Jun 3, 2010, 2:02 PM EST
There’s little doubt that July will belong to LeBron James. Regardless of whether he stays or goes, the endless speculation concerning his future, his decision-making, and his rationale will be put under the world’s largest internet-powered microscope, and every other sports-related topic will be put on the back-burner. That’s just what happens when the biggest name in basketball becomes an unrestricted free agent after promoting the event years in advance.
If James manages to upstage the finals, though, there’s no one to blame but ourselves. Lakers-Celtics seems set to be a truly special series, and while there’s obviously enough online real estate to cover this, that, and all other stories, emphasis is dictated by media members and media consumers. If the idea of LeBron stepping in front of the spotlight is really all that irking, why not exercise the right to just ignore it? Or at least circumvent it?
It’s not as if James holds some magical power over the nation’s attention span. His name in glittering lights piques the interest of the adoring masses, but there’s always a choice. Every time there’s a half-time show on LeBron’s future, the remote is in your hands. Every time there’s a headline about LeBron the free agent, there’s a decision on whether or not to click it. Maybe James is trying to stay on the tip of everyone’s tongue or maybe he’s not, but it doesn’t happen without our consent. It’s me, you, and everyone we know allowing LeBron into our homes, our cable boxes, and our browsers.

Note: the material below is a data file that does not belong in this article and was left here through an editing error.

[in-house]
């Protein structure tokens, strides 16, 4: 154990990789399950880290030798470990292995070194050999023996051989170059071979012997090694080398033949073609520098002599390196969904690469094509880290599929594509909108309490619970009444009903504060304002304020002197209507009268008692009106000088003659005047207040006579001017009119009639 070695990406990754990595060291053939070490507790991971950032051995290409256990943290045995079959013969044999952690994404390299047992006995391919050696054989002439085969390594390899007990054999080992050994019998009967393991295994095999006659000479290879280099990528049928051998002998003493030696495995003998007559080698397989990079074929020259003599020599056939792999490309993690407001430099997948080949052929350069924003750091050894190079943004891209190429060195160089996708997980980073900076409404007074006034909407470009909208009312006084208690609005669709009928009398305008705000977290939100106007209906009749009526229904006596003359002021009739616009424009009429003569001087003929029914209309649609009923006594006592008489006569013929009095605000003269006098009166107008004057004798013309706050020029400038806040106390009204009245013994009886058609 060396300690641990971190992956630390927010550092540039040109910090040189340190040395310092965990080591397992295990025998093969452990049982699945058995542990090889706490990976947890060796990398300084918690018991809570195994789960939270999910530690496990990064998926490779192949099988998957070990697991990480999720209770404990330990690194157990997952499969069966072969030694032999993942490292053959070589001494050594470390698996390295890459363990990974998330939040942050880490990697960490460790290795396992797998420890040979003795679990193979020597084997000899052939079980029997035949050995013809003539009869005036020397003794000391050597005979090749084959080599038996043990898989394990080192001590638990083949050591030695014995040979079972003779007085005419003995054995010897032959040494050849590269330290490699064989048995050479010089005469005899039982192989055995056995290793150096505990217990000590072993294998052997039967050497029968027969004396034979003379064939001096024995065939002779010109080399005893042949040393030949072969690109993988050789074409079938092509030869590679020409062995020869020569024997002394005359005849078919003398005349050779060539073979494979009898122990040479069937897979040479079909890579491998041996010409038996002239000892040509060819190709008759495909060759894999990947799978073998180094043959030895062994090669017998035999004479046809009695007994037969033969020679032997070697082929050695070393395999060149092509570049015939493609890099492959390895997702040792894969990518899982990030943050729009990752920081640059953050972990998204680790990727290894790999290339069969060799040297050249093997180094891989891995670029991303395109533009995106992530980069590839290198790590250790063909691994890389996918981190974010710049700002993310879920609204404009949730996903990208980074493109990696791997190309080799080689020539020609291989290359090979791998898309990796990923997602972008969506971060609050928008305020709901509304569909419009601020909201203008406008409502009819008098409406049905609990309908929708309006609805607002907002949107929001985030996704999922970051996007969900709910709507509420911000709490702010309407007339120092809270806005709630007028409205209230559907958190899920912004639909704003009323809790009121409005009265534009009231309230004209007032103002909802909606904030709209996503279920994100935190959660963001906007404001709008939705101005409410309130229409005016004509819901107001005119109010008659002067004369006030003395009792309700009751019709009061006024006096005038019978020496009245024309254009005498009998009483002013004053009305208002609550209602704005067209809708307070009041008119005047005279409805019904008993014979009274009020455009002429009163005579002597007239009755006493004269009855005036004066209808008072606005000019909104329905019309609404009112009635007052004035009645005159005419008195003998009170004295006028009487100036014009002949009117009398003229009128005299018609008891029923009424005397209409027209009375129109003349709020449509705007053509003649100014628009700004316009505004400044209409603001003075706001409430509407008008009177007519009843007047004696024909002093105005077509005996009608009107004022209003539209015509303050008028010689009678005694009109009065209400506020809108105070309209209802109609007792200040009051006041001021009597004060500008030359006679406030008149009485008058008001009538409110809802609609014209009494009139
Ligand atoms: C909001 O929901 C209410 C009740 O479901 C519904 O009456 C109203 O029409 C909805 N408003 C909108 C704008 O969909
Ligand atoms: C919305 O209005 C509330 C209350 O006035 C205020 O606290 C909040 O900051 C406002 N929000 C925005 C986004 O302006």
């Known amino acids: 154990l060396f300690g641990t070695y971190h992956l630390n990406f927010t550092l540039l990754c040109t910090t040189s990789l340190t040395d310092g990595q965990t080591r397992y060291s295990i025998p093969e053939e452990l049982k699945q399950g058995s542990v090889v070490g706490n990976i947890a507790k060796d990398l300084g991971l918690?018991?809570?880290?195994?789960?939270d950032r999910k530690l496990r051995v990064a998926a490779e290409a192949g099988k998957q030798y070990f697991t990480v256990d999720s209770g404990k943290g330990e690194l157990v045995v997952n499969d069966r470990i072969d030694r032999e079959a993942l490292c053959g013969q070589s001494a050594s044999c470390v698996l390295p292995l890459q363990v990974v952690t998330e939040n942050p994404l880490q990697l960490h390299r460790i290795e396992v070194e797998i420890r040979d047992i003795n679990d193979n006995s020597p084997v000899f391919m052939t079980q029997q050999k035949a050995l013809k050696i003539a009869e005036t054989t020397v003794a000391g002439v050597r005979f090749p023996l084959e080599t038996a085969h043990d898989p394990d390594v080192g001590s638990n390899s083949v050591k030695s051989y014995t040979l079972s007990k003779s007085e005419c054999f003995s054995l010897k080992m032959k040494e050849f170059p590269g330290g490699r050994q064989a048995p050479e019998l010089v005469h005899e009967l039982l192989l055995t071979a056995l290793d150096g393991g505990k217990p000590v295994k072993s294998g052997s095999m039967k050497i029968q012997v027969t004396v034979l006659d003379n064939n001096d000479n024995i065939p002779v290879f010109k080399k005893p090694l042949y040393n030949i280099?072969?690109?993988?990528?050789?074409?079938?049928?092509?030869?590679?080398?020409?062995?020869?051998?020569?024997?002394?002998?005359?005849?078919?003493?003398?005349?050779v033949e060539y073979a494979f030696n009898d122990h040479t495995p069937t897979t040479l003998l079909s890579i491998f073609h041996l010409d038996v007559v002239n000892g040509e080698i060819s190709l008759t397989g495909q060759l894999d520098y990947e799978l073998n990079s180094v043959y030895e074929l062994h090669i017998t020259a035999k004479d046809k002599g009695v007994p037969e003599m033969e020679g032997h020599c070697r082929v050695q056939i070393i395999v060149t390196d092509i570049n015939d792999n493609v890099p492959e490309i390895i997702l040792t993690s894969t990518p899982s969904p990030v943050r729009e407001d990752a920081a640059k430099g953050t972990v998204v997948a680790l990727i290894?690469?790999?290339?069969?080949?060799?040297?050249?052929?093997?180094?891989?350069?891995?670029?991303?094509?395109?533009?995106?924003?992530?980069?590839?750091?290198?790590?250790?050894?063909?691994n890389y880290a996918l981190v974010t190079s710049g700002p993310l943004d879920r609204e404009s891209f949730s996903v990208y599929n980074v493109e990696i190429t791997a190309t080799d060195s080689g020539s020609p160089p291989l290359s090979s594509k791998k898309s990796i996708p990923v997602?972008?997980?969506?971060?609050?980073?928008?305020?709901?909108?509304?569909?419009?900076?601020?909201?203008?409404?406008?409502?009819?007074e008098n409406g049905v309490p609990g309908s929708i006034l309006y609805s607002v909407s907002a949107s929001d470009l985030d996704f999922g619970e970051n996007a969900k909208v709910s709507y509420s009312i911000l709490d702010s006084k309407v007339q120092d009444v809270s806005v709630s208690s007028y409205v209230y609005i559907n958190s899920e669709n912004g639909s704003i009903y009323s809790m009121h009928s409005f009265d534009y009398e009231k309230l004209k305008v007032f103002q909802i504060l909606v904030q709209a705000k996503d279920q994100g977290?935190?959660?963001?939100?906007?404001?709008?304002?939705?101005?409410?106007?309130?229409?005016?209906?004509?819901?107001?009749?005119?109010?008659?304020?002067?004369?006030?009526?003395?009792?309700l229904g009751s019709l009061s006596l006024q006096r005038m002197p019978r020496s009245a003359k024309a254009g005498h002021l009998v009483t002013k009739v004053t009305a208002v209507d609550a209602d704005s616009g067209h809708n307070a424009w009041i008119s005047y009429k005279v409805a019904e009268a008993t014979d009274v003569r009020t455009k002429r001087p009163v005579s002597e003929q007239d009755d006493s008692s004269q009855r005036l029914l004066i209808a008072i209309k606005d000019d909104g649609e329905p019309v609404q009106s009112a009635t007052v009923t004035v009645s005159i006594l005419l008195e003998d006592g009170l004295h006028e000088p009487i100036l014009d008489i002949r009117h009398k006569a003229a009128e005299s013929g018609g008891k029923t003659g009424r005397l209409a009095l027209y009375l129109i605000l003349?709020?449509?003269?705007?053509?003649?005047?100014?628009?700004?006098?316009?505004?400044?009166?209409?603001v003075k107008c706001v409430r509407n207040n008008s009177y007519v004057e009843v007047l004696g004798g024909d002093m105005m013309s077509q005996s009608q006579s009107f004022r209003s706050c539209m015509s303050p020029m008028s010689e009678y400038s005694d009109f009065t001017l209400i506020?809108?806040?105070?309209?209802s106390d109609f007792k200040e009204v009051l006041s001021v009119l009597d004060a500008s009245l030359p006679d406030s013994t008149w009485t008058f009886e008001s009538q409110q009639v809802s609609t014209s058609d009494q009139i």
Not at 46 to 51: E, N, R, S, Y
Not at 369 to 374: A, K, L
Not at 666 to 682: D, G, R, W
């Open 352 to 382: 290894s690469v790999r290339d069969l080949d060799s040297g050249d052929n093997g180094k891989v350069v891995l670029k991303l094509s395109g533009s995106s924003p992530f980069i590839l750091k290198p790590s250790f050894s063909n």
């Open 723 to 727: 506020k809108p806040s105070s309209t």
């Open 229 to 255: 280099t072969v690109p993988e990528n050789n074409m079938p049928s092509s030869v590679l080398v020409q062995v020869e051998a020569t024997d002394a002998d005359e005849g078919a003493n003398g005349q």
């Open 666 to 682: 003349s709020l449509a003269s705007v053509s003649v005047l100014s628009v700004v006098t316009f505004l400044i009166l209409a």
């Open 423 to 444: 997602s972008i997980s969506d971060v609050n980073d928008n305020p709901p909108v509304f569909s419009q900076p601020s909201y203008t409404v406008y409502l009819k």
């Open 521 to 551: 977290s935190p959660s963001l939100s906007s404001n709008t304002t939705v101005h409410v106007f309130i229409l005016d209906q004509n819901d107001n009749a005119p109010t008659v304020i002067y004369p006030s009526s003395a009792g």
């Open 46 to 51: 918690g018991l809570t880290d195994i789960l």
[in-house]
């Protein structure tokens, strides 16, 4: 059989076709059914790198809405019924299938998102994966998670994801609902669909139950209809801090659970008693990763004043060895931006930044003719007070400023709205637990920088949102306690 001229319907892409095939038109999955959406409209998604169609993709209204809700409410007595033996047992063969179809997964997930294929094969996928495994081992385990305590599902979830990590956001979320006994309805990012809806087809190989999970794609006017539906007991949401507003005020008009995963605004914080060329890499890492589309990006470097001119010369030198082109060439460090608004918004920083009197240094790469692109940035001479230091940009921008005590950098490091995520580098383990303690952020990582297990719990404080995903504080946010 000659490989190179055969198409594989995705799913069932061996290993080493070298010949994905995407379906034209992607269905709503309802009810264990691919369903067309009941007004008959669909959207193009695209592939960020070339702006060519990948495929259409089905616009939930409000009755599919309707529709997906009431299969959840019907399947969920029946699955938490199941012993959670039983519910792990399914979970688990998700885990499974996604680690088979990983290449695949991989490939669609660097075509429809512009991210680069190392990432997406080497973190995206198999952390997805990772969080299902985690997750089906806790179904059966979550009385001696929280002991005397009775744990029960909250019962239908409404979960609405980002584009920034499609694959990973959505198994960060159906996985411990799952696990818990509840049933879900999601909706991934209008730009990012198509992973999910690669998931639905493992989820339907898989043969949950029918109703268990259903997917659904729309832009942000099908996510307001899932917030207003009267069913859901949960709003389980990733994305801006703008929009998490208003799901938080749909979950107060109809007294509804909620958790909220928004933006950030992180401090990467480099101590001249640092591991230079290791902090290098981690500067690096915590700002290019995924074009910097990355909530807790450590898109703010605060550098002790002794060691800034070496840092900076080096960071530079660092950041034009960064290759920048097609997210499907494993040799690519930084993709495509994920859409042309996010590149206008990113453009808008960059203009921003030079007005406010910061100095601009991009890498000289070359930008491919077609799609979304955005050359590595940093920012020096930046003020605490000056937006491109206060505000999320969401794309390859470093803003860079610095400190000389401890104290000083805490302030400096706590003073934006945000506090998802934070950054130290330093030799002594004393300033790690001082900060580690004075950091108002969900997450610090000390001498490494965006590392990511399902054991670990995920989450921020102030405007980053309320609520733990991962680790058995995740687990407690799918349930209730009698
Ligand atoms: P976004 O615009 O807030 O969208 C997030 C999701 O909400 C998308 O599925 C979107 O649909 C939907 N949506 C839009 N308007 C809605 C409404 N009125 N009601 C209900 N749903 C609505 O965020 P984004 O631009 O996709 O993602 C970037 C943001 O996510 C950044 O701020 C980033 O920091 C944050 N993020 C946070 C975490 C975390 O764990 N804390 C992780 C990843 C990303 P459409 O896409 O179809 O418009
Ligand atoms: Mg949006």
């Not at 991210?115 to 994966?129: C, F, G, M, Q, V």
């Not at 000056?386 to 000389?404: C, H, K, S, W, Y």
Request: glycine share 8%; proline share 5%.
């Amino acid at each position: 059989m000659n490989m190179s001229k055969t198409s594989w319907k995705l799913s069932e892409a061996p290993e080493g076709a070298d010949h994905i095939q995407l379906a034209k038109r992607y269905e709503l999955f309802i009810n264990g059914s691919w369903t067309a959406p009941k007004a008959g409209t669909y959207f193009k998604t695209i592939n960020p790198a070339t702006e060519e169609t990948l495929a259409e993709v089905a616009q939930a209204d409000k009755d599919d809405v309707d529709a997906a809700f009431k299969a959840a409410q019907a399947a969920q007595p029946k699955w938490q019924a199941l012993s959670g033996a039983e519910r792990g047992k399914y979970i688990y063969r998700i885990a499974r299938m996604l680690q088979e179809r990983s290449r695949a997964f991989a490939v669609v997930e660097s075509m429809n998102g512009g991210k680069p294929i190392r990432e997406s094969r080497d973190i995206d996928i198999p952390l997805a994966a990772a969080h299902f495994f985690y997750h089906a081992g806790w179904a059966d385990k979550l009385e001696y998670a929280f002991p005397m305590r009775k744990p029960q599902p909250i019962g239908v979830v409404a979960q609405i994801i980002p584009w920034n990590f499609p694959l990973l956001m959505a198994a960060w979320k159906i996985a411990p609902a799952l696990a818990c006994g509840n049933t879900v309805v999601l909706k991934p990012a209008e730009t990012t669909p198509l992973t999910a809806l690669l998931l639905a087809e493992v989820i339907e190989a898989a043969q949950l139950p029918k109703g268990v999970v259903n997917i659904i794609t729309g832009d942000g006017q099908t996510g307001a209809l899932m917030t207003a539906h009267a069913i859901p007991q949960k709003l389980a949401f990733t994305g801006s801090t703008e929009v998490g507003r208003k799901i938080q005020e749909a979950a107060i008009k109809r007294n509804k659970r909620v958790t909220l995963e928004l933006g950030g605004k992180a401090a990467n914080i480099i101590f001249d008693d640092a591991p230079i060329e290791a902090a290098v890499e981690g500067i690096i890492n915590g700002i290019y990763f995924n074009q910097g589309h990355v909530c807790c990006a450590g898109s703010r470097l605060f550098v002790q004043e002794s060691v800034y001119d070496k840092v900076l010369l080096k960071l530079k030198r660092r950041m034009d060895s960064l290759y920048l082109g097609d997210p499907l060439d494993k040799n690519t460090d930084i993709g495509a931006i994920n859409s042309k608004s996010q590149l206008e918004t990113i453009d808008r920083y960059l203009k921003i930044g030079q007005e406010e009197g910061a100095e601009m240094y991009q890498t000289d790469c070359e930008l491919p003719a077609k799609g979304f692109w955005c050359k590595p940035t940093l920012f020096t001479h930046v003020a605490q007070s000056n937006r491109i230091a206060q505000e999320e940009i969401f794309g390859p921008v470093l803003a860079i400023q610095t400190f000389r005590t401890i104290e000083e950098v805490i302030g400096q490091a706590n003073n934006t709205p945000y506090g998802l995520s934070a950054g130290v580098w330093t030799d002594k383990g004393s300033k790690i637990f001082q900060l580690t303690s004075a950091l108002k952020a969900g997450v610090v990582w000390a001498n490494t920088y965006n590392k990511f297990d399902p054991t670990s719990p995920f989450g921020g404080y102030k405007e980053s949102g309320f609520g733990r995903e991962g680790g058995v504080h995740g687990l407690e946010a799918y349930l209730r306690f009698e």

For basketball fans, the actual basketball will prevail. The two best teams in the league (and they are just that) with the two best playoff performers are about to slug it out over seven games, and if LeBron is really living in the limelight, it represents our own laziness as much as it does his self-obsession. How is Kevin Garnett going to defend Pau Gasol? Should Kobe Bryant guard Rajon Rondo? Will the Boston bench be able to withstand their toughest competition yet? There are countless stories and angles in this single series, and innumerable items of interest to grab our attention should we allow them to.
I’m not saying that other stories won’t pop up over the course of this series, or that they shouldn’t be given their due. Just that as free-thinking consumers, the point in complaining over what we have the right to choose is useless. Yes, LeBron wants attention; that much has been clear ever since his promotion of 2010 free agency began. I’m sure a lot of NBA players want the same, whether they’re playing in the finals or not.
We control whether he gets that attention, and we control our own response to it. If you don’t care about LeBron’s tell-nothing interviews, then don’t care. If you don’t want to hear about him during the finals, then don’t talk or write about him. And if you’re tired of him craving attention, then stop feeding it to him. LeBron may have the ability to create headlines, but it’s the consumers that determine their prominence and placement. James may be the star, but NBA fans have all the power.
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